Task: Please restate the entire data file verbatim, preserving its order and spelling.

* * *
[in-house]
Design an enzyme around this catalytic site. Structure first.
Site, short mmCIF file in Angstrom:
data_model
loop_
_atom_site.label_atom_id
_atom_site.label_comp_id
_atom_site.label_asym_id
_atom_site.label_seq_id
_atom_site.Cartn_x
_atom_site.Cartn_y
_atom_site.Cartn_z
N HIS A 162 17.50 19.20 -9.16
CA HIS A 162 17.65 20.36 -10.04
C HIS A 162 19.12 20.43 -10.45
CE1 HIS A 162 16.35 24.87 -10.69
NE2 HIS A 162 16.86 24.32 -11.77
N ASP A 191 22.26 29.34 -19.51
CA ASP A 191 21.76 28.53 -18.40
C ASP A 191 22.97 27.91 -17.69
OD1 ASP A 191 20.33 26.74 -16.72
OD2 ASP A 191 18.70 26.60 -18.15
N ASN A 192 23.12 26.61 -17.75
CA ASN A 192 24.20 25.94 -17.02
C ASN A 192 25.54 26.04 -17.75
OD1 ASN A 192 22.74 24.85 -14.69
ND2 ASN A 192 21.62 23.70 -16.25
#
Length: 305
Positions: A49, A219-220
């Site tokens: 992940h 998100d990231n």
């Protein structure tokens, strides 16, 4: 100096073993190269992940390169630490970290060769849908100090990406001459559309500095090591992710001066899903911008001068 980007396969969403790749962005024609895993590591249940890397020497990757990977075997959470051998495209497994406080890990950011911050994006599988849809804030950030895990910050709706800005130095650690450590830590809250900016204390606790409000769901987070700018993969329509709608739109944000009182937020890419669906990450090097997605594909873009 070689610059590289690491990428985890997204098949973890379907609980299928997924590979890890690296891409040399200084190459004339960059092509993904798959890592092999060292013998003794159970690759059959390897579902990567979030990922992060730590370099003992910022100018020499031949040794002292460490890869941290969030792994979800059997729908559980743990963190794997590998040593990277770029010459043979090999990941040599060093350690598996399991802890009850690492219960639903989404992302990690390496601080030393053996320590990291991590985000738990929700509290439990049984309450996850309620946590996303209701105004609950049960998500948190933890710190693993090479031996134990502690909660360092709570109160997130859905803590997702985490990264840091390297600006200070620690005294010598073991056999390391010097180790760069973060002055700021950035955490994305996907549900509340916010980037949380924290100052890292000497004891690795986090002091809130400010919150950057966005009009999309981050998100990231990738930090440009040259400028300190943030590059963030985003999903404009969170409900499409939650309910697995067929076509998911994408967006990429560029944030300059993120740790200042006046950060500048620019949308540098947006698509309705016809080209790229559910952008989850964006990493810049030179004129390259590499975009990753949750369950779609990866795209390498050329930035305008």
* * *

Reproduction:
[in-house]
Design an enzyme around this catalytic site. Structure first.
Site, short mmCIF file in Angstrom:
data_model
loop_
_atom_site.label_atom_id
_atom_site.label_comp_id
_atom_site.label_asym_id
_atom_site.label_seq_id
_atom_site.Cartn_x
_atom_site.Cartn_y
_atom_site.Cartn_z
N HIS A 162 17.50 19.20 -9.16
CA HIS A 162 17.65 20.36 -10.04
C HIS A 162 19.12 20.43 -10.45
CE1 HIS A 162 16.35 24.87 -10.69
NE2 HIS A 162 16.86 24.32 -11.77
N ASP A 191 22.26 29.34 -19.51
CA ASP A 191 21.76 28.53 -18.40
C ASP A 191 22.97 27.91 -17.69
OD1 ASP A 191 20.33 26.74 -16.72
OD2 ASP A 191 18.70 26.60 -18.15
N ASN A 192 23.12 26.61 -17.75
CA ASN A 192 24.20 25.94 -17.02
C ASN A 192 25.54 26.04 -17.75
OD1 ASN A 192 22.74 24.85 -14.69
ND2 ASN A 192 21.62 23.70 -16.25
#
Length: 305
Positions: A49, A219-220
């Site tokens: 992940h 998100d990231n």
């Protein structure tokens, strides 16, 4: 100096073993190269992940390169630490970290060769849908100090990406001459559309500095090591992710001066899903911008001068 980007396969969403790749962005024609895993590591249940890397020497990757990977075997959470051998495209497994406080890990950011911050994006599988849809804030950030895990910050709706800005130095650690450590830590809250900016204390606790409000769901987070700018993969329509709608739109944000009182937020890419669906990450090097997605594909873009 070689610059590289690491990428985890997204098949973890379907609980299928997924590979890890690296891409040399200084190459004339960059092509993904798959890592092999060292013998003794159970690759059959390897579902990567979030990922992060730590370099003992910022100018020499031949040794002292460490890869941290969030792994979800059997729908559980743990963190794997590998040593990277770029010459043979090999990941040599060093350690598996399991802890009850690492219960639903989404992302990690390496601080030393053996320590990291991590985000738990929700509290439990049984309450996850309620946590996303209701105004609950049960998500948190933890710190693993090479031996134990502690909660360092709570109160997130859905803590997702985490990264840091390297600006200070620690005294010598073991056999390391010097180790760069973060002055700021950035955490994305996907549900509340916010980037949380924290100052890292000497004891690795986090002091809130400010919150950057966005009009999309981050998100990231990738930090440009040259400028300190943030590059963030985003999903404009969170409900499409939650309910697995067929076509998911994408967006990429560029944030300059993120740790200042006046950060500048620019949308540098947006698509309705016809080209790229559910952008989850964006990493810049030179004129390259590499975009990753949750369950779609990866795209390498050329930035305008």